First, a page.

From Samsung and Hewlett Packard to Lego and even NASA, larger companies are taking a leaf out of small firms’ books by embracing the power of human-driven innovation. Rather than traditional R&D, they have started to recognise the potential of more inclusive operating models.
The entrepreneurs at Silicon Valley have long recognised that the process of failing quickly to learn quickly is a stepping stone to success, thus creating a culture of “failing forward”. In the fast-paced startup world, failure is a critical part of workplace culture, in the belief that failing fast means innovating faster.
One of the biggest challenges facing businesses looking to compete in a digital environment is lack of experimentation, according to the latest study by MIT SMR and Deloitte. The 2018 Digital Business report found that digitally maturing organisations are more likely to experiment and iterate, something that more established companies struggle with.
The Chief Innovation Officer of IBM Services, North America, Hemang Dave sheds light on how the company has been driving sustained innovation for over a century.
As businesses continue to grow, new technologies and solutions come to the fore, and business innovation proves to be more important than ever, companies are stepping up their hiring rates to fill the growing skills gap. Yet the answer could be in your existing workforce.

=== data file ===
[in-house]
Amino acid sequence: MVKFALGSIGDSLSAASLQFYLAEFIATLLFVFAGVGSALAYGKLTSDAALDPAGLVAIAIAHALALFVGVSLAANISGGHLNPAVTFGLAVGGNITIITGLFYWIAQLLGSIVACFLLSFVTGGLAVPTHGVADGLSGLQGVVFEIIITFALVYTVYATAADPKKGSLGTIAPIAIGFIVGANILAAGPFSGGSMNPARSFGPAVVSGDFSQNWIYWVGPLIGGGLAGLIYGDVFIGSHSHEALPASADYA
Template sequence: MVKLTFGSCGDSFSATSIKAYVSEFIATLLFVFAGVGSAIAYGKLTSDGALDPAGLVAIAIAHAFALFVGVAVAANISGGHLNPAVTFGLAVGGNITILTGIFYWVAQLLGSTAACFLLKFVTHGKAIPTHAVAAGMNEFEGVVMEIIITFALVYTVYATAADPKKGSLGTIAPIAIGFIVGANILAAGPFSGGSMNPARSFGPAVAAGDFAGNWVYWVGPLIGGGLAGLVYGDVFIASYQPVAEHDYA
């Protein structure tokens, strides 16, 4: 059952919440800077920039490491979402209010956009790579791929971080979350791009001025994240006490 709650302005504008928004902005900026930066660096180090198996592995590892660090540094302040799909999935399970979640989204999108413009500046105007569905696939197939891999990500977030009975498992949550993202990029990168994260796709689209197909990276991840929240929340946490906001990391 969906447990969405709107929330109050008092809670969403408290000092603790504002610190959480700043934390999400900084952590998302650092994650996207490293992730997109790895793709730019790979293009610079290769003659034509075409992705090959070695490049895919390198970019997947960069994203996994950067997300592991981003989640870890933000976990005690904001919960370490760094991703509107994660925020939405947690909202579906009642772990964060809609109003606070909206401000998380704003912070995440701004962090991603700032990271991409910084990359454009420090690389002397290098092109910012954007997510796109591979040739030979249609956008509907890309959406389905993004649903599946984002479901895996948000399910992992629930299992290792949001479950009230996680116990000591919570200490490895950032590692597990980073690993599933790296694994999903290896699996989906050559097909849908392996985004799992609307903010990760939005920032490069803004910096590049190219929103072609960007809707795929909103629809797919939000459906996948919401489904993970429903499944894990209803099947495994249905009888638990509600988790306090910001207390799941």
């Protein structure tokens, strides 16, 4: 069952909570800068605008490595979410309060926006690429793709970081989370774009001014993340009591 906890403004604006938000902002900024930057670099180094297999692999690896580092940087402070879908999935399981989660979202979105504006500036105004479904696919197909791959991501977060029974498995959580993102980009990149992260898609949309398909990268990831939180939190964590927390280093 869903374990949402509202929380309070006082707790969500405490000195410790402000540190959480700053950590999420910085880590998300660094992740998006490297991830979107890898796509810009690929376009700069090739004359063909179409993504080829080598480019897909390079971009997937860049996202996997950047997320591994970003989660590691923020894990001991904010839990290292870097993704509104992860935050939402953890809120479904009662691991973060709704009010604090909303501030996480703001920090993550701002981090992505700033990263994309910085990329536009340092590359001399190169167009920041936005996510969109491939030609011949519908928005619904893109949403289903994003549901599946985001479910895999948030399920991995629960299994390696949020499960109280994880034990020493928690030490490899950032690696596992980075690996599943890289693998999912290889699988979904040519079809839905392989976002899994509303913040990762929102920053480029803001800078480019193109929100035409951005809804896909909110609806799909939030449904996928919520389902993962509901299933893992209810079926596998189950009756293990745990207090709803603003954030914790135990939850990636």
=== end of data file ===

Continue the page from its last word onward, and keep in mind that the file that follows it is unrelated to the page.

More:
Three Chief Innovation Officers tell us what makes this recent role so important to the success of every business and why companies should be hiring people just like them.
The Chief Innovation Officer is more important than ever for the success of companies, with demand expected to rise further in the coming years. We look at the definition of the CIO, and why they are the key player in business innovation management today.
Human experience and end-user insights are the most valuable tools for business innovation, according to the Innovation Benchmark Report conducted by PwC, which surveyed more than 1,200 companies in 44 countries.
“We are educating people out of their creativity”, whereas we should be promoting it as a key competence for the decades ahead. This is the main message echoing from Sir Ken Robinson’s bright and entertaining TED Talk, “Do schools kill creativity?”, already watched by almost 45 million people worldwide.